Fats of the land: New histories of agricultural oils
Department of Social Sciences
Interest in agricultural oils has grown dramatically in recent years for a variety of reasons, as the participants detail below: popular attention to the health benefits or perils of food oils, concerns about the environmental and social disruptions associated with various kinds of oil production, and the ways oil histories expose tensions between local biologies and global markets and sug-gest new ways to think about commodity chains. Agricultural oils, in short, suggest a kind of hidden history of agriculture. Although the lubricants and paints and varnishes and other industrial prod-ucts discussed below are not often seen as farm products, it is clear from what follows that in their origins, refinement, distribution, and consumption and use, they are agricultural, and therefore worthy subjects for agricultural histo-ry. Which is a reminder, perhaps, that agricultural history can be found almost anywhere, and that one of the important functions of Agricultural History and the Agricultural History Society is to help convene such conversations across geographical, temporal, and methodological lines. The roundtable was conducted by email from February to November 2018, and is reproduced below with light editing, followed by a bibliography of works cited.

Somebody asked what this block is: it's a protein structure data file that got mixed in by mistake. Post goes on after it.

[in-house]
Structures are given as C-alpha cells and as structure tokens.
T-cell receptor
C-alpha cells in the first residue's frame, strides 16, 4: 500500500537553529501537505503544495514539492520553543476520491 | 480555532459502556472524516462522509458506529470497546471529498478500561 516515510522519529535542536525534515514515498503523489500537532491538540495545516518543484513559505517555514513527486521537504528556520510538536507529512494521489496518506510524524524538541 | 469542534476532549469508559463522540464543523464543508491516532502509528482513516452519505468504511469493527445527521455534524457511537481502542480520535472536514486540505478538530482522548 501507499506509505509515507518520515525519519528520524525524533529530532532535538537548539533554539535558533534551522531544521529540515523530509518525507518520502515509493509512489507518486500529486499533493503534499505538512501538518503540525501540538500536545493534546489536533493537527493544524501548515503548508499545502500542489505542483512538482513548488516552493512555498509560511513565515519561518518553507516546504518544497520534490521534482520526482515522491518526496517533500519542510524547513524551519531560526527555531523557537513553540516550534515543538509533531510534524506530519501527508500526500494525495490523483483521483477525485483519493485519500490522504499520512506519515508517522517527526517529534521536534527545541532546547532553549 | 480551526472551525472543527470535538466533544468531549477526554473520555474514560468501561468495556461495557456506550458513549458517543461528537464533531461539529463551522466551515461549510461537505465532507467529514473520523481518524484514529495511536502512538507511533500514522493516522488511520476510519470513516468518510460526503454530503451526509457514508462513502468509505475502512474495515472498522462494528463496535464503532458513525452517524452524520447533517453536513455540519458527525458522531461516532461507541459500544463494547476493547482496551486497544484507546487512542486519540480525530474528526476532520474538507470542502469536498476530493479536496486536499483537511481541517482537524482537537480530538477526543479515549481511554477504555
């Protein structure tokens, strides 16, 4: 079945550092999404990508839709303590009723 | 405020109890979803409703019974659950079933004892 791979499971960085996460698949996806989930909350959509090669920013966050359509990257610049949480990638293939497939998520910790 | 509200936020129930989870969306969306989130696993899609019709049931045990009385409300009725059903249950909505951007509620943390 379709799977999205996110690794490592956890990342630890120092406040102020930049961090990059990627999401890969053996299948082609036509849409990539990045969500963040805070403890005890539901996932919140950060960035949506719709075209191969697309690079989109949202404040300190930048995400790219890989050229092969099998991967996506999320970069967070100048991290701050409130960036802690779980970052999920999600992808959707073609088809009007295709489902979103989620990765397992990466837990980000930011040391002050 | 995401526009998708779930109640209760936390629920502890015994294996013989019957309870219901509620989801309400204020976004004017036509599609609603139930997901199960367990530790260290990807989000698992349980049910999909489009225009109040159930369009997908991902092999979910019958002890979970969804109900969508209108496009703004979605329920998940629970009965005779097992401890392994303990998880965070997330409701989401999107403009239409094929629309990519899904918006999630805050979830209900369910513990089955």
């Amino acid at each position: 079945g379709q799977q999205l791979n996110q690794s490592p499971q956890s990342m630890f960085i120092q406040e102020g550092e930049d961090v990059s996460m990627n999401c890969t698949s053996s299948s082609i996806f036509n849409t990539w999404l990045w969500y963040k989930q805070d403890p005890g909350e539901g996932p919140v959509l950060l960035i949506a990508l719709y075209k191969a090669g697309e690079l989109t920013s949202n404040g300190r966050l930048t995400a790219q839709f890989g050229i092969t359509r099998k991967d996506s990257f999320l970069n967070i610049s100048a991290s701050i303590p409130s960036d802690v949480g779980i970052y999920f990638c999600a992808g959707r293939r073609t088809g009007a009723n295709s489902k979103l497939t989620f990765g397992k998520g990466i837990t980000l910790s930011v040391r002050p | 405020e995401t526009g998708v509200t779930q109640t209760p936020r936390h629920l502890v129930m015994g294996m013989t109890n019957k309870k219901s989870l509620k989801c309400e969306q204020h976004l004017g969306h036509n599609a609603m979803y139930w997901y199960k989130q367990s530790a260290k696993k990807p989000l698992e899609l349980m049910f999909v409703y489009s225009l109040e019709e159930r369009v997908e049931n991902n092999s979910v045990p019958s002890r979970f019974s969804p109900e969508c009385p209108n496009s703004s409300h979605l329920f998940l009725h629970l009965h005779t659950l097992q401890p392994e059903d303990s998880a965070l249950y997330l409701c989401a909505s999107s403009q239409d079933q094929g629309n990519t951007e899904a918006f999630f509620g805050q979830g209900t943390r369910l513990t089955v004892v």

Robins, J. E.,
Fats of the land: New histories of agricultural oils.
Retrieved from: https://digitalcommons.mtu.edu/michigantech-p/811
© 2019 Agricultural History Society. Publisher’s version of record: https://doi.org/10.3098/ah.2019.093.3.520